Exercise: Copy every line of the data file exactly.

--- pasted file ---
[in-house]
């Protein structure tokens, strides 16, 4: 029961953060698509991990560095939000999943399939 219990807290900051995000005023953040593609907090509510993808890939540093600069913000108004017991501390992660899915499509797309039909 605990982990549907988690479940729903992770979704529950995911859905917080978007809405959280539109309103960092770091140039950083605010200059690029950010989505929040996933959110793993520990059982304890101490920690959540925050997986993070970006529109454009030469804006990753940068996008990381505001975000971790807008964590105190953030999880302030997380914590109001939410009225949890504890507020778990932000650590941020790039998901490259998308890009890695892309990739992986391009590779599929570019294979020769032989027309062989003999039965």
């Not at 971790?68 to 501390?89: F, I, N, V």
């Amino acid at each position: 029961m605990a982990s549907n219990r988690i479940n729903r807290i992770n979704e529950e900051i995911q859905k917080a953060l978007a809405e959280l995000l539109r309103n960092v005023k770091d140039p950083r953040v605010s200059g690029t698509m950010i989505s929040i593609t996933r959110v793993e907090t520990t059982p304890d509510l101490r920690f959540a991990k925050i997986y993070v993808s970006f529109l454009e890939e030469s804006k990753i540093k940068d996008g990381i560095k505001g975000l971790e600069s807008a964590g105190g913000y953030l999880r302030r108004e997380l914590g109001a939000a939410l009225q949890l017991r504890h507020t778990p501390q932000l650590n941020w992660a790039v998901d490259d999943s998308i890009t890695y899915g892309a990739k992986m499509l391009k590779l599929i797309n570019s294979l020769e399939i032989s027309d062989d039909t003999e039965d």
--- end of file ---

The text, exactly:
[in-house]
């Protein structure tokens, strides 16, 4: 029961953060698509991990560095939000999943399939 219990807290900051995000005023953040593609907090509510993808890939540093600069913000108004017991501390992660899915499509797309039909 605990982990549907988690479940729903992770979704529950995911859905917080978007809405959280539109309103960092770091140039950083605010200059690029950010989505929040996933959110793993520990059982304890101490920690959540925050997986993070970006529109454009030469804006990753940068996008990381505001975000971790807008964590105190953030999880302030997380914590109001939410009225949890504890507020778990932000650590941020790039998901490259998308890009890695892309990739992986391009590779599929570019294979020769032989027309062989003999039965």
């Not at 971790?68 to 501390?89: F, I, N, V």
């Amino acid at each position: 029961m605990a982990s549907n219990r988690i479940n729903r807290i992770n979704e529950e900051i995911q859905k917080a953060l978007a809405e959280l995000l539109r309103n960092v005023k770091d140039p950083r953040v605010s200059g690029t698509m950010i989505s929040i593609t996933r959110v793993e907090t520990t059982p304890d509510l101490r920690f959540a991990k925050i997986y993070v993808s970006f529109l454009e890939e030469s804006k990753i540093k940068d996008g990381i560095k505001g975000l971790e600069s807008a964590g105190g913000y953030l999880r302030r108004e997380l914590g109001a939000a939410l009225q949890l017991r504890h507020t778990p501390q932000l650590n941020w992660a790039v998901d490259d999943s998308i890009t890695y899915g892309a990739k992986m499509l391009k590779l599929i797309n570019s294979l020769e399939i032989s027309d062989d039909t003999e039965d």